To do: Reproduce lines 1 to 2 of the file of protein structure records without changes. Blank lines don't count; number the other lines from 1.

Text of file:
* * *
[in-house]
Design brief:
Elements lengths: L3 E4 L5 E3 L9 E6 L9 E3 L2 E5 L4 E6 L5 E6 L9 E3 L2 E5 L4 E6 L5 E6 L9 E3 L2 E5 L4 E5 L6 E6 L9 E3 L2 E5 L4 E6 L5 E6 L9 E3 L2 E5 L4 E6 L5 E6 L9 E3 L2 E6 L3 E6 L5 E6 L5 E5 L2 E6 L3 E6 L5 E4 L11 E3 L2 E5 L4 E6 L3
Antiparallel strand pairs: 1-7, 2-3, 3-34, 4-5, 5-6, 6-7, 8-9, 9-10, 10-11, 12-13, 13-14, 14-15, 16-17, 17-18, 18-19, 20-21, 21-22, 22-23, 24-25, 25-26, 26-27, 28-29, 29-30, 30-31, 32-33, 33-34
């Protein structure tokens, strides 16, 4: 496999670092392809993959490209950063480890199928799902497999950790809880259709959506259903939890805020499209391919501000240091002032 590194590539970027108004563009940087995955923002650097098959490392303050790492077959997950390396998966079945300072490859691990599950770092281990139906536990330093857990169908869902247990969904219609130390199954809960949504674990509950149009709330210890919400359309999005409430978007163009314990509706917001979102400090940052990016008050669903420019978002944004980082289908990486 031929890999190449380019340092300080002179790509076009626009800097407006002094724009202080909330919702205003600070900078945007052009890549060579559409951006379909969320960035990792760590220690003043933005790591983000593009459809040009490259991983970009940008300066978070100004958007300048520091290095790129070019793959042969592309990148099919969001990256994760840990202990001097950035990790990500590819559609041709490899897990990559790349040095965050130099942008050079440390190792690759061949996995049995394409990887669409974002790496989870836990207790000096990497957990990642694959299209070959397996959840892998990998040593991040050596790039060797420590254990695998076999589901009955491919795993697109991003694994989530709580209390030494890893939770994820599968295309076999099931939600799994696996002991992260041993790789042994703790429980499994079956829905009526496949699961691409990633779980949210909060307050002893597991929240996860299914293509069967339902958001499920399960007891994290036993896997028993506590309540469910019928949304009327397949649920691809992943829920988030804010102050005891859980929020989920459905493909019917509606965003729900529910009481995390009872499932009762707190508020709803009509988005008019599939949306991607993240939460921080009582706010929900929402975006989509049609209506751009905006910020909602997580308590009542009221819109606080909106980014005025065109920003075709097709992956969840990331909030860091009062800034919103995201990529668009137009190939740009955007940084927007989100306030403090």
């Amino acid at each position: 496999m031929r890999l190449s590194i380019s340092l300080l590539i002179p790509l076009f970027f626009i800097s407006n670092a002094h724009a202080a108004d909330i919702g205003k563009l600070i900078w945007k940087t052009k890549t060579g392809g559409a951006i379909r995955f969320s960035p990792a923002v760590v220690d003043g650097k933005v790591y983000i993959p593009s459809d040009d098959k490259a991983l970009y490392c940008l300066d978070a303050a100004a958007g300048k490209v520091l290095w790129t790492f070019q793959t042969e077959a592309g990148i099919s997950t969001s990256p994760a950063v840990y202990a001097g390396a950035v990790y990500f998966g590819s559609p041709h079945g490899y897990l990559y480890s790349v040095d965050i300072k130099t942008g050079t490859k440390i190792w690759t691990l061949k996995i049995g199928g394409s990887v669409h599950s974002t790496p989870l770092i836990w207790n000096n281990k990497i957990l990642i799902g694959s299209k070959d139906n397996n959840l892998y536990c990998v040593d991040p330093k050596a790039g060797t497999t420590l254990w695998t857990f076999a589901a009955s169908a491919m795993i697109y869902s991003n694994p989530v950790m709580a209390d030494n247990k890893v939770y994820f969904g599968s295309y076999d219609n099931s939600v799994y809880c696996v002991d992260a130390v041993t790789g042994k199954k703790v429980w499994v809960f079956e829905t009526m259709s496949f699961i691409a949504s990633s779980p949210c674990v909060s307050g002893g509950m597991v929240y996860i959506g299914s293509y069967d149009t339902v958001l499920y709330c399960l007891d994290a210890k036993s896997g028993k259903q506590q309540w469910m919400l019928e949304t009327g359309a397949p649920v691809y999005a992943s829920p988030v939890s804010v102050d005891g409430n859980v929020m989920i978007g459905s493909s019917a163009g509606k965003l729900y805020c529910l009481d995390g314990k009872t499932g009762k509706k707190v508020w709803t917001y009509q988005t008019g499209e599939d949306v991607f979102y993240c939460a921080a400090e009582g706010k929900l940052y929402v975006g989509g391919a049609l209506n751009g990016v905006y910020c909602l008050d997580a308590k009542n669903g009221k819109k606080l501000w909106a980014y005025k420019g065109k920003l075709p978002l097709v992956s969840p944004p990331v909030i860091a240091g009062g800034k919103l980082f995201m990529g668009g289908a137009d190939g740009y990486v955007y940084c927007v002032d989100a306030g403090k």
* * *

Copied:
[in-house]
Design brief: